“I was glad our players got a chance to experience that kind of success,” Williams said. “But to miss the playoffs by half a game, I was thankful for that, too, because I hope our players understand now that every single game counts.”
Williams’s authoritative presence on the bench, after he coached Paul in New Orleans, was one of the primary lures in persuading Paul to push for the trade that sent him to Phoenix from Oklahoma City in November. Yet Paul insisted recently that the lure of playing beside Booker was just as strong; he scoffed at suggestions that he was brought in to provide all of the guidance.
“I’m not James Naismith, by no means,” Paul said at his introductory Suns news conference, referring to the sport’s inventor.
The reality is that Paul’s outsize personality tends to soak up much of the oxygen in any room or gym he occupies, but Booker’s talent is such that the Suns don’t want him deferring. Surrounded by more help than he has ever had, Booker will face higher-than-ever expectations. He earned his first All-Star selection last season as an injury replacement chosen by the league after Portland’s Damian Lillard went down.
“I think it’s going to fuel him,” Williams said of Booker’s taste of bubble success. “I hate talking for players, but just knowing him and his competitiveness, I think it’s going to spur him on.
“Book’s a winner,” Williams continued. “He plays winning basketball. He’s got a high I.Q. We’ll talk about stuff, and he’s completing my sentences because he knows where I’m going.”
Both coach and player know, though, that Williams’s proclamations can only be validated by the standings. The Suns have the league’s second-longest active playoff drought at 10 seasons and counting, behind only Sacramento’s 14 years in a row, and would be wise not to overreact to two prosperous weeks after the highs and lows of summer camp.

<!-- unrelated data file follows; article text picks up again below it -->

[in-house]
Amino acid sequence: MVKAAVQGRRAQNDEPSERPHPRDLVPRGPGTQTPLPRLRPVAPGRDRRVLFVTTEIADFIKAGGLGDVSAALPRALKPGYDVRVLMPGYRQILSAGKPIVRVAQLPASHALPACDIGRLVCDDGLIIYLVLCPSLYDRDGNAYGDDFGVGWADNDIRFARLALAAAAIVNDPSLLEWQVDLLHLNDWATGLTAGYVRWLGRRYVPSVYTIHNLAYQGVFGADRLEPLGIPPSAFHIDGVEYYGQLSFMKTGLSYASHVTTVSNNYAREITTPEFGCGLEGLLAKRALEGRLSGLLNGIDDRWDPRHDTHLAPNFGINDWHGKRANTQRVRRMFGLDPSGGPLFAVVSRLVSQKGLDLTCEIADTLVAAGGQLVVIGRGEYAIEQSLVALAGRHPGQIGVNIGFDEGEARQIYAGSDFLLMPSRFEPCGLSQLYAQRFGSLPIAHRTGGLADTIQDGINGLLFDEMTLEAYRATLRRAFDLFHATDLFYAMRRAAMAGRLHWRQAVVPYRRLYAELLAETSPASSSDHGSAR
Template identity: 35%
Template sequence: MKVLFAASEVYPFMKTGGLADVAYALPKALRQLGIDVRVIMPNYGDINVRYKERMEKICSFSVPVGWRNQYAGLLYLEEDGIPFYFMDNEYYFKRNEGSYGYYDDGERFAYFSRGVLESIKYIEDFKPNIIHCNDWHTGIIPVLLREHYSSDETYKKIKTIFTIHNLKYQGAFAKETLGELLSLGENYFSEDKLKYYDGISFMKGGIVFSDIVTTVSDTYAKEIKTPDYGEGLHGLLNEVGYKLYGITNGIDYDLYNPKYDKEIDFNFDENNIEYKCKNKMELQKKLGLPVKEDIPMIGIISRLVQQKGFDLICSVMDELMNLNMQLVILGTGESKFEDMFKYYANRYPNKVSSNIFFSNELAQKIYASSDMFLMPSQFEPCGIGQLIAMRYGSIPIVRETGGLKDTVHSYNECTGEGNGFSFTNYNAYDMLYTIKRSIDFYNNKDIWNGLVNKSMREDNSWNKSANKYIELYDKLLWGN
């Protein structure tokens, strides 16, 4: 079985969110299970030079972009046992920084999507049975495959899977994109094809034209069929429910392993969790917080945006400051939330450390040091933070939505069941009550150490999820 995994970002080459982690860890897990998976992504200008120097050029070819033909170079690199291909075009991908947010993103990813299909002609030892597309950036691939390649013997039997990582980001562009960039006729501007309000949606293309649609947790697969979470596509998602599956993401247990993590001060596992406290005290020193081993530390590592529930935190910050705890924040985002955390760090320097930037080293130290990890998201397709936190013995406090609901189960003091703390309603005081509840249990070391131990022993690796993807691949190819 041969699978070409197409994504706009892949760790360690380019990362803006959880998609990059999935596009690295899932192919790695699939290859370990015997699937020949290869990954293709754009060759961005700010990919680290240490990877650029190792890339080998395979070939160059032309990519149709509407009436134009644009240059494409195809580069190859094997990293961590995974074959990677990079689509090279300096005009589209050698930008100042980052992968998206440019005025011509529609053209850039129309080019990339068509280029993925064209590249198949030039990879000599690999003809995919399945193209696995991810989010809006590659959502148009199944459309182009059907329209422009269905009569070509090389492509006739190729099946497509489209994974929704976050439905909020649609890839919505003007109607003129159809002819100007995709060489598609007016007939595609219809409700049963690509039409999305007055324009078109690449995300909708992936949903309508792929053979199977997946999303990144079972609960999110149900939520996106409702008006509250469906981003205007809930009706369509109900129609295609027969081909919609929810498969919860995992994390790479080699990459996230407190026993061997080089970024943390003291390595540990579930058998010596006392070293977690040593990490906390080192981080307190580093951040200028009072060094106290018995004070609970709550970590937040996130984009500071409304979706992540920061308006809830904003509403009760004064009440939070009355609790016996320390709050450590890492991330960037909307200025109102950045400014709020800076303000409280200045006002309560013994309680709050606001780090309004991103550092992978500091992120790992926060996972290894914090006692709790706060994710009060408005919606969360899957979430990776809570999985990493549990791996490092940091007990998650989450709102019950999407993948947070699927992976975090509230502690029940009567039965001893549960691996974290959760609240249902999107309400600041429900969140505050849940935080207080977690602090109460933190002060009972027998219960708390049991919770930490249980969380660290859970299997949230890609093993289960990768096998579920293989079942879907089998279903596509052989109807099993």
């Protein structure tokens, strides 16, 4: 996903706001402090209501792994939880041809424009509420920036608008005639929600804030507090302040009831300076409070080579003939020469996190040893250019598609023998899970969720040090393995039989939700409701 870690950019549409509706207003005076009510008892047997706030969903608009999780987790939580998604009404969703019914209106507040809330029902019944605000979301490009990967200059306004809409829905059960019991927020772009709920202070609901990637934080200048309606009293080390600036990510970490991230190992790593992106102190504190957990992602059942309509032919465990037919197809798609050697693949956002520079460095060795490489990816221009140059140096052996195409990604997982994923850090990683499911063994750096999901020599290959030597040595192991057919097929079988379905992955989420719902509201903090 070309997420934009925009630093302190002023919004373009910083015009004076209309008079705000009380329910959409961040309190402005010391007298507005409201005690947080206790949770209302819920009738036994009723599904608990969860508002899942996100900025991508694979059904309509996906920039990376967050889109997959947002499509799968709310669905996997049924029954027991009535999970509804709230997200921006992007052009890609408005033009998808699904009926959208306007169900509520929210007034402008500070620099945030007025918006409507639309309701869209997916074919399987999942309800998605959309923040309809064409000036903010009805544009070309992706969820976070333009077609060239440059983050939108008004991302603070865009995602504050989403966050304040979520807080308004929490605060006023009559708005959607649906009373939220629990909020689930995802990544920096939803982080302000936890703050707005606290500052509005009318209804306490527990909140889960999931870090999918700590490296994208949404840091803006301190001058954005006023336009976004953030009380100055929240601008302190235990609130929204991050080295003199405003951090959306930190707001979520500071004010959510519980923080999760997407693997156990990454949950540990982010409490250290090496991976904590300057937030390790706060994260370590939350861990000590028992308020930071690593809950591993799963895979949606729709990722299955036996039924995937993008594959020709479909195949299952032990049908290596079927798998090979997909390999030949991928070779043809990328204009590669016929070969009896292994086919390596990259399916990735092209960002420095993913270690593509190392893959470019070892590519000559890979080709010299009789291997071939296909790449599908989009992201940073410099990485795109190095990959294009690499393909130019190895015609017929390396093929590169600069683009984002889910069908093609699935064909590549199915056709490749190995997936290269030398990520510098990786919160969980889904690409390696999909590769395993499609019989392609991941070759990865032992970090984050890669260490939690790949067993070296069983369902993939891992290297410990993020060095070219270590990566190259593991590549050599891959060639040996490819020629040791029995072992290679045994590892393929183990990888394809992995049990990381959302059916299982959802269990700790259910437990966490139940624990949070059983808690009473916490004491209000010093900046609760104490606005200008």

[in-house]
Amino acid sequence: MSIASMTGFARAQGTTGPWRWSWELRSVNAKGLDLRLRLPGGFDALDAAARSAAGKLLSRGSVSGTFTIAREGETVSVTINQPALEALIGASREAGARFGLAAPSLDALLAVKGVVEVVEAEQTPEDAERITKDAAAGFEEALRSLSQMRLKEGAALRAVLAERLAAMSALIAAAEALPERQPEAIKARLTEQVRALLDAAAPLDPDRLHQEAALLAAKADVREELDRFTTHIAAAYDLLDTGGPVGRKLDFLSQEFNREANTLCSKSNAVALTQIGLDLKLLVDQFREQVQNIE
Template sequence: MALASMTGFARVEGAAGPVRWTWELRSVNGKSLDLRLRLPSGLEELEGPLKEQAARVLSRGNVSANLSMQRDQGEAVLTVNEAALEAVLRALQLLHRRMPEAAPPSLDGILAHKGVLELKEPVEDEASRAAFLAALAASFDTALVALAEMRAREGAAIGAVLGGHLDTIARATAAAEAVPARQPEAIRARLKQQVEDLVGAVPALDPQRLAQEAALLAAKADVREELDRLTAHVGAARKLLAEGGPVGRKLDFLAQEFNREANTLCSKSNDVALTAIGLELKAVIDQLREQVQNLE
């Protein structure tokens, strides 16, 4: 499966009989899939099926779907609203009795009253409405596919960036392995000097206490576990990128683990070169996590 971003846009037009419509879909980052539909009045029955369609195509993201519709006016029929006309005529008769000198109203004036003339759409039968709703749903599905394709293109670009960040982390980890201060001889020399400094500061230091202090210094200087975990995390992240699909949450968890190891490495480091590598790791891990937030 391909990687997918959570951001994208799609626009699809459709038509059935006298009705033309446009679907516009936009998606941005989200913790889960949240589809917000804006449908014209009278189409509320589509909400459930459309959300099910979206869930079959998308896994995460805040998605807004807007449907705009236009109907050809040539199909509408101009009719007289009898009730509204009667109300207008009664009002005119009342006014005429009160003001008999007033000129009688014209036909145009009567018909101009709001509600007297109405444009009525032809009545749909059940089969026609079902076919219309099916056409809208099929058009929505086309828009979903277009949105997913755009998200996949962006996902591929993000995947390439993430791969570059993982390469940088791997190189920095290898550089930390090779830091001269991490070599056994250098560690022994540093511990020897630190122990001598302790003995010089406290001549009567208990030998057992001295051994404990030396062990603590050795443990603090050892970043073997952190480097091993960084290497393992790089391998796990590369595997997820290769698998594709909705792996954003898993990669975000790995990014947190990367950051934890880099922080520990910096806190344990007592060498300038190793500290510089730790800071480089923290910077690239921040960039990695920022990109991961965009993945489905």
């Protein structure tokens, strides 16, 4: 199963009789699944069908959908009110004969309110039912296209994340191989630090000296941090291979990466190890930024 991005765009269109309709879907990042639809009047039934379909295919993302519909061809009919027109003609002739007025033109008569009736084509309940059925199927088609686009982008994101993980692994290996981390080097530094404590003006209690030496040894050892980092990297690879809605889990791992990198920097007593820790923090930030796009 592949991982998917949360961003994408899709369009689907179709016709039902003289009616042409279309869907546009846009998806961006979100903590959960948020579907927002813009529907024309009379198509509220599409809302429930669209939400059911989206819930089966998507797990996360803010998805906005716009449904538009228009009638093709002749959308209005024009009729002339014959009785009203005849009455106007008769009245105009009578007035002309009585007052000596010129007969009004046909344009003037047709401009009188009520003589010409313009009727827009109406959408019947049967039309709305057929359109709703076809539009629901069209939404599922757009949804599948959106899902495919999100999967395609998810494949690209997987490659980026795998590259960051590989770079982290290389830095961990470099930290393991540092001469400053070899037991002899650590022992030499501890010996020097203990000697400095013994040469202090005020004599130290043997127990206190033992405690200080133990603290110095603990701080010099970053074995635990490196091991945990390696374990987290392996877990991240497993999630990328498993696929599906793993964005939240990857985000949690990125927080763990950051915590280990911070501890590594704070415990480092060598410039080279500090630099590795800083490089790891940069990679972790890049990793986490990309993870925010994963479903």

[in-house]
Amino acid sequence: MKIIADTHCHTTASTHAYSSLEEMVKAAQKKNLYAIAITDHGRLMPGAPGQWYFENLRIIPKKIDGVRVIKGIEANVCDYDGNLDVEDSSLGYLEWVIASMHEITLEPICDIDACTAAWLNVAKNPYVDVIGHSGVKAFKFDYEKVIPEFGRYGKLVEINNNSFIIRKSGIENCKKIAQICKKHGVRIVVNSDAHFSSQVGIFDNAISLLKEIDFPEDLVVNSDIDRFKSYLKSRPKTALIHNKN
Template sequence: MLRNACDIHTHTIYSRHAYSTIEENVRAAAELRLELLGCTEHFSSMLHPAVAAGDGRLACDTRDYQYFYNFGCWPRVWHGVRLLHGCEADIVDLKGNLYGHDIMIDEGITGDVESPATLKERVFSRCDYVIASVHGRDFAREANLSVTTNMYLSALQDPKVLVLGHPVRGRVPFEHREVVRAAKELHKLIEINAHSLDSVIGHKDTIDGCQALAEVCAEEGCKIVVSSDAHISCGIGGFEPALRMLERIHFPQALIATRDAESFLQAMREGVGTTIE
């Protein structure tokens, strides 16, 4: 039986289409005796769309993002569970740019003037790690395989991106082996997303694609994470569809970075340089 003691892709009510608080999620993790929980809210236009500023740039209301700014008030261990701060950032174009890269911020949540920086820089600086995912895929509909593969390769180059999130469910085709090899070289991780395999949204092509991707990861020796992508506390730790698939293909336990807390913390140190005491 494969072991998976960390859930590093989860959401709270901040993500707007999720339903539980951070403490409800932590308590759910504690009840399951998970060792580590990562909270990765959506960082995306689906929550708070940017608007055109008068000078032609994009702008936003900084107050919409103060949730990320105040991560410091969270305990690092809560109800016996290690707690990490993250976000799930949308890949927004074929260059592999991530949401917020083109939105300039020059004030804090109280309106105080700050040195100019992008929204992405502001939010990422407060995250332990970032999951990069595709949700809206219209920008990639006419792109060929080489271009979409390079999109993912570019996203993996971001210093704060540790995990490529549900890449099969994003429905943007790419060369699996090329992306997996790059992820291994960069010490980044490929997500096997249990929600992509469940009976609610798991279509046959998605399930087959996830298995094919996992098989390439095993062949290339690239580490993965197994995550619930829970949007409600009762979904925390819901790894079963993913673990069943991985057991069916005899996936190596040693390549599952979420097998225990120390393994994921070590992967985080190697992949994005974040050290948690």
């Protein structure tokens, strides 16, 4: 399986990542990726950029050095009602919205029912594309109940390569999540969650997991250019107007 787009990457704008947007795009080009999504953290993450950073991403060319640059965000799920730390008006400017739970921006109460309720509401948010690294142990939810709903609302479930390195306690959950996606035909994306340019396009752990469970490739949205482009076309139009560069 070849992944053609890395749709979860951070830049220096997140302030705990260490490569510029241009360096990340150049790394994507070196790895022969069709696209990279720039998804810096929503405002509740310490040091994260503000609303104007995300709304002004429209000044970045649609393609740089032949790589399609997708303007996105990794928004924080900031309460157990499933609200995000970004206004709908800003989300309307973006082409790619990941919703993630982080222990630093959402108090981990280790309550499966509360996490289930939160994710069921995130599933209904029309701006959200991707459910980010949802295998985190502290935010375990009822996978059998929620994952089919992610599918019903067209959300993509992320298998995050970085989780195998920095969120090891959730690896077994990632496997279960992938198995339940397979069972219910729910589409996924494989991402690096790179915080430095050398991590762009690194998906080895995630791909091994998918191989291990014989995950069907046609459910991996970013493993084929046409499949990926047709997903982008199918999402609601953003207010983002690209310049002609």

“It’s not an easy league,” Booker said.
You ask; I answer. Every week in this space, I’ll field three questions posed via email at firstname.lastname@example.org. Please include your first and last name, as well as the city you’re writing in from, and make sure “Corner Three” is in the subject line.
(Questions may be lightly edited or condensed for clarity.)
Q: In the next collective bargaining agreement, trade kickers should be a two-way street. If a superstar requests a trade prior to the completion of his contract, there should be a trade kicker that the player is required to pay. — @MrBrianBlair from Twitter
Stein: James Harden’s desire to be traded away from the Houston Rockets, and the Harden-centric chaos initiated by his refusal to report to training camp on time, has clearly made this a touchy topic. And I get it: Harden’s determination to leave quickly became a full-on sideshow.
What you’re suggesting, though creative, is far too punitive for most players.
Trade kickers are negotiated bonuses that players get if they are traded, meaning not all players have them in their contracts. I can’t co-sign making players pay a fee when they demand a trade — not when you account for how many more advantages teams hold over them in controlling contracts.
Players are routinely traded without having any say, while first-round draft picks are subject to a rookie pay scale that often doesn’t reflect their value. And players generally have to clear restricted free agency — which affords contract-matching rights to the incumbent team — before making it to unrestricted free agency.
There is no one-size-fits-all rule to apply here, because every situation is different. If a player asks to be traded according to league guidelines (in other words, without making it public) and performs professionally afterward, it’s not some heinous basketball crime.
The Los Angeles Clippers infamously traded Blake Griffin to Detroit in 2018 just six months after persuading him to sign a five-year, $171 million contract with promises of making him “a Clipper for life.” I’m not trying to suggest that we will throw newsletter support behind every trade demand, but the Griffin situation was a handy reminder that only certain stars wield ultimate power, even in the player empowerment era.